Top 3 Questions Asked at SXSW About Brands and Politics
By Latia Curry
At this year’s SXSW conference, I had the opportunity to speak about why engaging with politics is critical for brands, the role millennials play in driving this phenomenon, and a framework for understanding what works and what falls flat. At the end of the talk, I was able to learn more about what attendees representing all kinds of companies from Viacom to The Coca-Cola Company were interested in and where they need help. And of all the conversations I had with these folks, there were three questions that kept coming up:
1. What do you say to companies who want to see results from their advocacy efforts overnight?
Like everything else, businesses like to move fast to get ahead of the competition. However, engaging in the advocacy space is absolutely not the place to jump the gun. And while increase in sales is nice, it can’t be the sole metric. Just like building your overall consumer brand takes time, getting consumers to trust and believe something about your business means taking the time to ensure you are walking the walk.
This means becoming fluent around the issue you are advocating for and why you are advocating in the first place. You must also exemplify this fluency from top to bottom, both internally and externally, from your customers all the way up to external actions directed at policymakers and advocacy groups.
When companies do this, consumers identify and engage with the brand in a deeper way. This does not happen overnight. (Please see Patagonia’s long history as a case study.)
2. What is the role of the CEO?
CEOs can have major impact internally in terms of setting the vision for why and how a company engages with issues. Being at the helm provides an opportunity to inspire and ingrain a belief system in employees that will expand outwards to consumers.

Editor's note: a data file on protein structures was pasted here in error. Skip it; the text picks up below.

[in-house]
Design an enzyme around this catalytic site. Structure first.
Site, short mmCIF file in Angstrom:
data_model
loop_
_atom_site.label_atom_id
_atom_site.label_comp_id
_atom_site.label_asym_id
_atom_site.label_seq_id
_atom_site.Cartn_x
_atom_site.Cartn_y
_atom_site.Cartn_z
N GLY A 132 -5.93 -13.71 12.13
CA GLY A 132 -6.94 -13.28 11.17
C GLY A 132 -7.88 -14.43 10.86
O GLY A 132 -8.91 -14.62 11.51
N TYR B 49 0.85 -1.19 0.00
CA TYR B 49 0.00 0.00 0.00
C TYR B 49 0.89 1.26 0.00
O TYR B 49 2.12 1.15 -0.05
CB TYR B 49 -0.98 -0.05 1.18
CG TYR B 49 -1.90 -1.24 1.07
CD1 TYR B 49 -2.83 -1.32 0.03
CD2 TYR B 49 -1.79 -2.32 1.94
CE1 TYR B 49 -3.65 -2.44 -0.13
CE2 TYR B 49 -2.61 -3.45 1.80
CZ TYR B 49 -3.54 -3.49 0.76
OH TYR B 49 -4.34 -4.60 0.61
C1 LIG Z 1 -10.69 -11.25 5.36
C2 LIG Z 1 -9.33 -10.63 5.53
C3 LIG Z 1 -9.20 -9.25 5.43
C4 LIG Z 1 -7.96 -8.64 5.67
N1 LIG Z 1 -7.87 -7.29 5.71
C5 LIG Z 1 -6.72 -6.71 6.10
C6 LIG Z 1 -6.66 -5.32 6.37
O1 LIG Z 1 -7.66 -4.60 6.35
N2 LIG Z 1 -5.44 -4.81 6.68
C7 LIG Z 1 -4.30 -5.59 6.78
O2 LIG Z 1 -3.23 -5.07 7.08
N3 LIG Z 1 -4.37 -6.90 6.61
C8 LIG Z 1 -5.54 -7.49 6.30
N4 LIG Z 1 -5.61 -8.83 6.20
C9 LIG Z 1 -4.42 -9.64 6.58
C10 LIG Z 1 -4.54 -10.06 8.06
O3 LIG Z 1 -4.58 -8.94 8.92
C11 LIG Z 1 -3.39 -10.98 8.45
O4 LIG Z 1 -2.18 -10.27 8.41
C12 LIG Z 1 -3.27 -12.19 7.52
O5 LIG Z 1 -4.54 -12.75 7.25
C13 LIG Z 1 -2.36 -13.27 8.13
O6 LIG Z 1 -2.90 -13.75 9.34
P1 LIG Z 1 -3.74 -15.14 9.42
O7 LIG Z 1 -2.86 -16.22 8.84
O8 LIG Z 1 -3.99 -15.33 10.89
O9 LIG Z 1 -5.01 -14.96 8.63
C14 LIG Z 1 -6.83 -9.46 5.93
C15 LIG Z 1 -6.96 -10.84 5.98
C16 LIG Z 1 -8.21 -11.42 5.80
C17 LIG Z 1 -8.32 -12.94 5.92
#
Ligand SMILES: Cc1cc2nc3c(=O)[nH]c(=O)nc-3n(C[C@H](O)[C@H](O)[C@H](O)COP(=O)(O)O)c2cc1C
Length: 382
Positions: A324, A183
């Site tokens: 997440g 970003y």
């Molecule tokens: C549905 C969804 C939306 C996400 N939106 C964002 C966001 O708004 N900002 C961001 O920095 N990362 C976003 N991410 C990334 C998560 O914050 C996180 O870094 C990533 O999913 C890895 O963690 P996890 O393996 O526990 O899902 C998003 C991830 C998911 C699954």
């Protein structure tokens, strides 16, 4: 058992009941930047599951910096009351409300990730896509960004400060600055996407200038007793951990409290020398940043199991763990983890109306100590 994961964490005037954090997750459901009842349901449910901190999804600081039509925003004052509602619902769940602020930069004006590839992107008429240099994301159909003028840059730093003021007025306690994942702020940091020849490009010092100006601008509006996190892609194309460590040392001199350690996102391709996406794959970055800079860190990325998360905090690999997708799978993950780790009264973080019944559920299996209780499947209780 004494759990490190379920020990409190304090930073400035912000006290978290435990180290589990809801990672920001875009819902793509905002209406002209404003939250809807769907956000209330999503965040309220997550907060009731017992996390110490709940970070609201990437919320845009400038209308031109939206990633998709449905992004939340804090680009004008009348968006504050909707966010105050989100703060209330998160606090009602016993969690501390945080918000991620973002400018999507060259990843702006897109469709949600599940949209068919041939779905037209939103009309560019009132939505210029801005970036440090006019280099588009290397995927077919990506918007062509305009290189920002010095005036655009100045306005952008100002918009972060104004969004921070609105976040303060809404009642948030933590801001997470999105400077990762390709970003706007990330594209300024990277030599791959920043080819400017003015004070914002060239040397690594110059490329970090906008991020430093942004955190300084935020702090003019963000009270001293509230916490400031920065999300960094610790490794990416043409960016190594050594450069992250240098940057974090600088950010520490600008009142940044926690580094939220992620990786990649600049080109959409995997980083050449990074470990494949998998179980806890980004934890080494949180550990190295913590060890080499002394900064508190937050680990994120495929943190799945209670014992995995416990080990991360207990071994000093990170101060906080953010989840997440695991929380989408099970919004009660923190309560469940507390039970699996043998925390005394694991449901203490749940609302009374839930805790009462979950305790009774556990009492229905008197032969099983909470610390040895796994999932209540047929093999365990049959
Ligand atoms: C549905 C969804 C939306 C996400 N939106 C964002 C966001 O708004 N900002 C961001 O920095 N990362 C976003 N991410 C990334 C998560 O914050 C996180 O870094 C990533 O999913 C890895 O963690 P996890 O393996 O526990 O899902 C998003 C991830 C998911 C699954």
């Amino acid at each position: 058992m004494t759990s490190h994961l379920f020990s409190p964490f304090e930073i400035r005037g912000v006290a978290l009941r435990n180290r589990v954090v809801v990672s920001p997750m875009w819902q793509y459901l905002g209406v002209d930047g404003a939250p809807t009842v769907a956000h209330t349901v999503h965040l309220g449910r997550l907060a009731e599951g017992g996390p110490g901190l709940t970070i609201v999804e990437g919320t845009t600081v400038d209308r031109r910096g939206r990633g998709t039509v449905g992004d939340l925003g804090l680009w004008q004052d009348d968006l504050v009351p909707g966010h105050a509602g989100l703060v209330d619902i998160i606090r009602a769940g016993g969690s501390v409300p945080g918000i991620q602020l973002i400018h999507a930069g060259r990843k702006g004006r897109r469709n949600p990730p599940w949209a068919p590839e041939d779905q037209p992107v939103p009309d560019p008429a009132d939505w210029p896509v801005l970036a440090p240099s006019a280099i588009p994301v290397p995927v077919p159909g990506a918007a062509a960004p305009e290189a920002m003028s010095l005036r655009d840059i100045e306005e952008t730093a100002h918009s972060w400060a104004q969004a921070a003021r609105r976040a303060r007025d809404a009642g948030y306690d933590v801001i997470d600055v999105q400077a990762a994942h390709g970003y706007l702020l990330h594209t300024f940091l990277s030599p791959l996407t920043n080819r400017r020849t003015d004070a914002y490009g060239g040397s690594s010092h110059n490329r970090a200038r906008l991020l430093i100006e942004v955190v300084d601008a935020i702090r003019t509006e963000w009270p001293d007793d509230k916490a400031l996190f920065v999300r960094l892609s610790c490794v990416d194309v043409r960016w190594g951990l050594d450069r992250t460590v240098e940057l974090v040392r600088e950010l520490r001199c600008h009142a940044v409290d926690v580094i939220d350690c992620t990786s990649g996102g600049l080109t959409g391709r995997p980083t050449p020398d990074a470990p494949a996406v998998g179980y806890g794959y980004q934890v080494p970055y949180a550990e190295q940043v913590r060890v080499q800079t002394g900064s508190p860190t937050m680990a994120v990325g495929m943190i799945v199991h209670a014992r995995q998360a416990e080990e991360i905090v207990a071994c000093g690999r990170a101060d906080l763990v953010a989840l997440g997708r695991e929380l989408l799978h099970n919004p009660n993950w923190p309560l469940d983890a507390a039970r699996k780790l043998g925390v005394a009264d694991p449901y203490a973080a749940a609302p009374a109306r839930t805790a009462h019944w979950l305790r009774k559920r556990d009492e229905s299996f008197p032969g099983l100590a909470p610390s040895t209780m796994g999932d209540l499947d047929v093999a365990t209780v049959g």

By speaking out publicly, CEOs can also bring a lot of attention to an issue and their company’s connection to that issue. We often see that when a CEO is out front on a cause in an authentic way, speaking about that cause in line with the brand’s values, there is a real impact on perception. It demonstrates credibility and commitment. Having a face to go with a brand’s issue advocacy efforts goes a long way to strengthening the very human and emotional connection consumers feel with the brands they identify with most.
3. How do I convince my leadership to take a step in this direction?
This was the most common question at the event. From a crisis management standpoint, you only have to skim the news to see companies being asked about their opinions on issues more than ever and often being unprepared.
But rather than operate solely from a place of fear — we can provide one core reason to explore engaging with politics proactively — millennials!
As if millennials being the largest generation on the planet, the largest generation in the U.S. labor force and on the verge of entering their prime spending years wasn’t enough, we also know that according to Edelman’s Earned Brand study last year, they are looking for 4 major qualities in a company:
- to be actively invested in improving society and finding solutions to social problems
- to prioritize making an impact
- to be open and honest
- to make it easier for them to be involved in societal issues
Millennials are definitely getting political. Now is the time for brands to embrace, rather than hide from, that notion. The evidence is clear: when brands offer their consumers a deep, genuine connection, those consumers are more likely to become brand advocates for many years to come.
RALLY is an issue-driven communications firm that takes on sticky political and social problems and finds ways to push them forward. Latia Curry is a Principal based out of RALLY’s Los Angeles office.